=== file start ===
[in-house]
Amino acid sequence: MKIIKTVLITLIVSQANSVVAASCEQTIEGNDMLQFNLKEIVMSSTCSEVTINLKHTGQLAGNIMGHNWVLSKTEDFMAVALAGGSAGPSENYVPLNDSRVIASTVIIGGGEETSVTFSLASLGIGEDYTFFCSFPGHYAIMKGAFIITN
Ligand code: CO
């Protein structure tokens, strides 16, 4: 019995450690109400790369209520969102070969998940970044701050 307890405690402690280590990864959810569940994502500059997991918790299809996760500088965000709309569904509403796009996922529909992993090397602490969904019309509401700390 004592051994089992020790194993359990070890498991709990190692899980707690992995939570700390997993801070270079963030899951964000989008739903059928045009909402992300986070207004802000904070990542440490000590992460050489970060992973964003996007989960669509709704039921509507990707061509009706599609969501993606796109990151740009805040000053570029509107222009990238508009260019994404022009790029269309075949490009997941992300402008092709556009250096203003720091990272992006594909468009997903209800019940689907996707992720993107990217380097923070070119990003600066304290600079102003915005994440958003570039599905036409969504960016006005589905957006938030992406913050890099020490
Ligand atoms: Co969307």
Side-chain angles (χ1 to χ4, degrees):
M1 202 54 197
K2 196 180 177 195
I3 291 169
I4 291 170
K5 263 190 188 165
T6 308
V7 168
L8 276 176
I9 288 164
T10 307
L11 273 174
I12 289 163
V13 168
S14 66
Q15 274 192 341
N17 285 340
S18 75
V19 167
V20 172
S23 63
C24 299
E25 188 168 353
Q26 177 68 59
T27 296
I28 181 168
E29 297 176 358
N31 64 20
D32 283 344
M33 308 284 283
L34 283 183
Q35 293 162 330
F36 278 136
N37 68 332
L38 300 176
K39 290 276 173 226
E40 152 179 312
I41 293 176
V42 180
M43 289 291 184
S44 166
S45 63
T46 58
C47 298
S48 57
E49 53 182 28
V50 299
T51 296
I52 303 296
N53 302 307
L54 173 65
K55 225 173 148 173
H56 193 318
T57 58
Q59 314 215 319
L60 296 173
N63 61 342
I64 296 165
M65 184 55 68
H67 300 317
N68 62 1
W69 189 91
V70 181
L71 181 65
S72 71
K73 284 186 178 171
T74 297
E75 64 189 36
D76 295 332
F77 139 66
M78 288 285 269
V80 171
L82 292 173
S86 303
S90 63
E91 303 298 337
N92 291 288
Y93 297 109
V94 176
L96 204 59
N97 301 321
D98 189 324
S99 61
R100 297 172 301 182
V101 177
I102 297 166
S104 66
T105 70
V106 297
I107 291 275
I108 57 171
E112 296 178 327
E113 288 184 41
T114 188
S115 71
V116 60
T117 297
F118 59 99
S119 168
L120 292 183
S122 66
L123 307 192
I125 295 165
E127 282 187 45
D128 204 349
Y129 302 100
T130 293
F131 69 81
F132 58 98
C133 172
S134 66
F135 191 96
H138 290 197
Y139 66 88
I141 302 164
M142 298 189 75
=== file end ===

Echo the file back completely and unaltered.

[in-house]
Amino acid sequence: MKIIKTVLITLIVSQANSVVAASCEQTIEGNDMLQFNLKEIVMSSTCSEVTINLKHTGQLAGNIMGHNWVLSKTEDFMAVALAGGSAGPSENYVPLNDSRVIASTVIIGGGEETSVTFSLASLGIGEDYTFFCSFPGHYAIMKGAFIITN
Ligand code: CO
């Protein structure tokens, strides 16, 4: 019995450690109400790369209520969102070969998940970044701050 307890405690402690280590990864959810569940994502500059997991918790299809996760500088965000709309569904509403796009996922529909992993090397602490969904019309509401700390 004592051994089992020790194993359990070890498991709990190692899980707690992995939570700390997993801070270079963030899951964000989008739903059928045009909402992300986070207004802000904070990542440490000590992460050489970060992973964003996007989960669509709704039921509507990707061509009706599609969501993606796109990151740009805040000053570029509107222009990238508009260019994404022009790029269309075949490009997941992300402008092709556009250096203003720091990272992006594909468009997903209800019940689907996707992720993107990217380097923070070119990003600066304290600079102003915005994440958003570039599905036409969504960016006005589905957006938030992406913050890099020490
Ligand atoms: Co969307």
Side-chain angles (χ1 to χ4, degrees):
M1 202 54 197
K2 196 180 177 195
I3 291 169
I4 291 170
K5 263 190 188 165
T6 308
V7 168
L8 276 176
I9 288 164
T10 307
L11 273 174
I12 289 163
V13 168
S14 66
Q15 274 192 341
N17 285 340
S18 75
V19 167
V20 172
S23 63
C24 299
E25 188 168 353
Q26 177 68 59
T27 296
I28 181 168
E29 297 176 358
N31 64 20
D32 283 344
M33 308 284 283
L34 283 183
Q35 293 162 330
F36 278 136
N37 68 332
L38 300 176
K39 290 276 173 226
E40 152 179 312
I41 293 176
V42 180
M43 289 291 184
S44 166
S45 63
T46 58
C47 298
S48 57
E49 53 182 28
V50 299
T51 296
I52 303 296
N53 302 307
L54 173 65
K55 225 173 148 173
H56 193 318
T57 58
Q59 314 215 319
L60 296 173
N63 61 342
I64 296 165
M65 184 55 68
H67 300 317
N68 62 1
W69 189 91
V70 181
L71 181 65
S72 71
K73 284 186 178 171
T74 297
E75 64 189 36
D76 295 332
F77 139 66
M78 288 285 269
V80 171
L82 292 173
S86 303
S90 63
E91 303 298 337
N92 291 288
Y93 297 109
V94 176
L96 204 59
N97 301 321
D98 189 324
S99 61
R100 297 172 301 182
V101 177
I102 297 166
S104 66
T105 70
V106 297
I107 291 275
I108 57 171
E112 296 178 327
E113 288 184 41
T114 188
S115 71
V116 60
T117 297
F118 59 99
S119 168
L120 292 183
S122 66
L123 307 192
I125 295 165
E127 282 187 45
D128 204 349
Y129 302 100
T130 293
F131 69 81
F132 58 98
C133 172
S134 66
F135 191 96
H138 290 197
Y139 66 88
I141 302 164
M142 298 189 75